Bahrain’s Al Waha ‘Fund of Funds’ has allocated approximately $45 million of the $100 million announced at its launch in May 2018, according to fund manager Areije Al Shakar.
According to Bahraini officials, the venture capital fund is aimed at boosting the country’s start-up ecosystem, as well as providing VC funds to support start-ups across the region.
Speaking to Arabian Business on the sidelines of the GCC Financial Forum in Manama on Tuesday, Al Shakar - who is also senior vice president of Bahrain Development Bank - said that the $45 million has been allocated across five different funds.
Its $100 million fundraising round was closed in June 2018.
“Ultimately, all those funds are working to set up here and to be located here,” she said. “We’ve been working on looking at different funds that we may consider investing in in the future.”
The fund has an investment period of five years, with a fund term of 10 years.
“We expect that we will deploy it in under five years,” she said. “We’ll probably make another investment in 2019 and over into 2020. Hopefully that will create a good example and a good first step towards creating this venture capital capability and capacity in Bahrain.”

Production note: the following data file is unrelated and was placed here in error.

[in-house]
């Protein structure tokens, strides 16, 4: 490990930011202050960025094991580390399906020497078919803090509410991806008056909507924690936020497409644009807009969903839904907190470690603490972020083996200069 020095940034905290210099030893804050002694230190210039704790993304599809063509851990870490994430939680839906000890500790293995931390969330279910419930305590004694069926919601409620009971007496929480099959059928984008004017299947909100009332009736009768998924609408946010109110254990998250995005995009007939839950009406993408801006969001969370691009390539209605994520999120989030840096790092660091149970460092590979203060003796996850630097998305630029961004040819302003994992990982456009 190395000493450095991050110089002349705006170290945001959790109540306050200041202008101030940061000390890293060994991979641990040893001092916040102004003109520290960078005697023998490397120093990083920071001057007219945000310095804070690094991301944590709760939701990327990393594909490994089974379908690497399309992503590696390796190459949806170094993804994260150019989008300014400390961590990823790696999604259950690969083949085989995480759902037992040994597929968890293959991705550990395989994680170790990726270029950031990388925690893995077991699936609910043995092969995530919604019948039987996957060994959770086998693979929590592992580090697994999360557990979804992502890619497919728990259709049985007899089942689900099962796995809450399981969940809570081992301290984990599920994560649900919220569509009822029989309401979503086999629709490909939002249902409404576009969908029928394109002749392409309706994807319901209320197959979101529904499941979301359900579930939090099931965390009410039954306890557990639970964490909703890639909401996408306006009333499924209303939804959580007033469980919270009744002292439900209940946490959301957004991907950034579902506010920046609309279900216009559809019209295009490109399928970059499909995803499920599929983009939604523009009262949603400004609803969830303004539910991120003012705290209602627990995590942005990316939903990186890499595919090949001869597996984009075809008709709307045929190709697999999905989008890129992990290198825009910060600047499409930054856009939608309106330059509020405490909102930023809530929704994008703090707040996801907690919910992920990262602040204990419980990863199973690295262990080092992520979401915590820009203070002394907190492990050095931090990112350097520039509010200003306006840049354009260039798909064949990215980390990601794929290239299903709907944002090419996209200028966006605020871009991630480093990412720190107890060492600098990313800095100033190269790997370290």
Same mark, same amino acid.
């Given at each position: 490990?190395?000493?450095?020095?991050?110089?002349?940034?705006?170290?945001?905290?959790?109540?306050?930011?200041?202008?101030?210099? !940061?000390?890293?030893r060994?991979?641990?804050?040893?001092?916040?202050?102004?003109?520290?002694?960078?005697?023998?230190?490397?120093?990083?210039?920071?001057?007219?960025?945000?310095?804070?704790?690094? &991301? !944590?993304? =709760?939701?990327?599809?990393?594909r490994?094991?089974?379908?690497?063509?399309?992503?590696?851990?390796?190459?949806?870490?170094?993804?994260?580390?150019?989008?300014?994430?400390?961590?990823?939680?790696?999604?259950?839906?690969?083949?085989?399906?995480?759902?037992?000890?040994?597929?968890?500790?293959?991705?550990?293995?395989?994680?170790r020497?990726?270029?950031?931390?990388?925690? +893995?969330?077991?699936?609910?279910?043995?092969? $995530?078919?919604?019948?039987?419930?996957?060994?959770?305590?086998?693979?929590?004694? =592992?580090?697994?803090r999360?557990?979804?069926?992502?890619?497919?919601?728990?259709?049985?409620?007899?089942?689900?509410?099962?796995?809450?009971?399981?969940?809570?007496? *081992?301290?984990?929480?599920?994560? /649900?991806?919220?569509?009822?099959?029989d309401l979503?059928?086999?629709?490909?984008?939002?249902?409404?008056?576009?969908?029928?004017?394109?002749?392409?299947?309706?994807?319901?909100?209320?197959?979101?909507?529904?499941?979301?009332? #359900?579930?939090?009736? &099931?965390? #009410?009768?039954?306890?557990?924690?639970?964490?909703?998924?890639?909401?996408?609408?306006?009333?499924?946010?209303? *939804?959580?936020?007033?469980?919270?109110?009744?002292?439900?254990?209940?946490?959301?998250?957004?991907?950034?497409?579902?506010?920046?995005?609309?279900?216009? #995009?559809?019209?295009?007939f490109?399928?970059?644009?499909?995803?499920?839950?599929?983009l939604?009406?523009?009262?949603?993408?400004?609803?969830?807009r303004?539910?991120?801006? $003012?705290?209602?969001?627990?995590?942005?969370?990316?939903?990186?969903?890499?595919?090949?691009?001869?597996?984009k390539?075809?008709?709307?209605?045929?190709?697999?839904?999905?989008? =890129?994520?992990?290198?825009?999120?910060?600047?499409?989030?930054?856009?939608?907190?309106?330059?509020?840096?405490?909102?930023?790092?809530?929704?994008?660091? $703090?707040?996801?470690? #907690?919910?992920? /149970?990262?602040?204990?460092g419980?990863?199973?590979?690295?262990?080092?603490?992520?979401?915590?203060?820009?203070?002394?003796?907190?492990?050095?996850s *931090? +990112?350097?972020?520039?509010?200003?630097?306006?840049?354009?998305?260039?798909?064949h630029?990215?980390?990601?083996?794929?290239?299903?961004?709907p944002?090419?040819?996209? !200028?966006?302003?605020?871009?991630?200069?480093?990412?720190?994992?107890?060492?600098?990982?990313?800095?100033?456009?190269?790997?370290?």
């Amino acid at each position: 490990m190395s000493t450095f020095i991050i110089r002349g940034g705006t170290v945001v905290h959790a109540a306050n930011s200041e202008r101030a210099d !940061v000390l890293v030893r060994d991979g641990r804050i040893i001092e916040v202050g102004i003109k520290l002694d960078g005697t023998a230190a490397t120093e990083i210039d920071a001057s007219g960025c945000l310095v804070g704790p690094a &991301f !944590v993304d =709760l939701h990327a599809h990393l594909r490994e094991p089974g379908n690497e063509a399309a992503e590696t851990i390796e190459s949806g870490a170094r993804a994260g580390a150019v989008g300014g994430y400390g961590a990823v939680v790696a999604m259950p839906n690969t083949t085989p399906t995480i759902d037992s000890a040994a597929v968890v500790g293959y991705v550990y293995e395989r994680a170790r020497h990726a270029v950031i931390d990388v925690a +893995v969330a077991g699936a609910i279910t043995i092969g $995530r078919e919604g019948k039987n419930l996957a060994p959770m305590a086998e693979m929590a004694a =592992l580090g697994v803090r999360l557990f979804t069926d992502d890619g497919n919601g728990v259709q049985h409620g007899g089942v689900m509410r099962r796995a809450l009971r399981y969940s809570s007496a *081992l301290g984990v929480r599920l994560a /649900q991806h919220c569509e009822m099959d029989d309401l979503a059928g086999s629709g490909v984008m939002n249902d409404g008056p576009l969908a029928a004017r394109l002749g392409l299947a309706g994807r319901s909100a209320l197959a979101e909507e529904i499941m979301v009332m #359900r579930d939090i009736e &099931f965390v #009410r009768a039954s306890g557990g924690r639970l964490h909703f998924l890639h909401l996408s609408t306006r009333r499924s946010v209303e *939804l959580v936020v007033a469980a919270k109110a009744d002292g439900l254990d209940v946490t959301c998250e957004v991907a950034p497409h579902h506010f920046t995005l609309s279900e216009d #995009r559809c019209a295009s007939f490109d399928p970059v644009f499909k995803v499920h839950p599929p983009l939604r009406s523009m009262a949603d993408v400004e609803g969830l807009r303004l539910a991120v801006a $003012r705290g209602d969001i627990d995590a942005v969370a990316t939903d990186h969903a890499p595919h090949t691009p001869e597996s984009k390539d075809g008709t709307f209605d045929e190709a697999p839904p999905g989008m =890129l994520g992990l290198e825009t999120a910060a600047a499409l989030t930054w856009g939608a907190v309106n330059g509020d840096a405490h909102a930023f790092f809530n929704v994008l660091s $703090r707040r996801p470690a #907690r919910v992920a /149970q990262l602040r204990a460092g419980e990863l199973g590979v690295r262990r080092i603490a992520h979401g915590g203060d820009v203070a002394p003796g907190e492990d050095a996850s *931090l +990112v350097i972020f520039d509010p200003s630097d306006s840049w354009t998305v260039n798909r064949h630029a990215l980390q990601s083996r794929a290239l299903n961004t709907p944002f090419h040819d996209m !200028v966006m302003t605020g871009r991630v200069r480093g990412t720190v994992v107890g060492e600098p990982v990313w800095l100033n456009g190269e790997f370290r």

Additionally, Al Shakar said that the creation of the fund has drawn increasing awareness among VCs about potential opportunities in the country.
“It’s actually started to evolve into a platform...we might not necessarily be able to meet timelines for investment, but these portfolio companies are now exploring Bahrain,” she said. “Fund managers have been spending time in Bahrain and getting to know the overall environment and the ecosystem.”
She added that the fund has a “very interesting and diverse” LP (limited partner) base which includes Mumtalakat, the National Bank of Bahrain, Batelco Group, Taken and Bahrain Development bank, which serves as a general partner managing the fund.
“There’s opportunity for fund managers that come through our pipeline for review to find potential opportunities for partnerships or even business opportunities for their portfolio companies,” she said. “It’s very much tying in with all the different initiatives that the country is doing.”
Bahrain’s start-up scene has benefitted in recent years from a reduction in the amount of capital necessary to start a business and measures to enable onshore crowdfunding.
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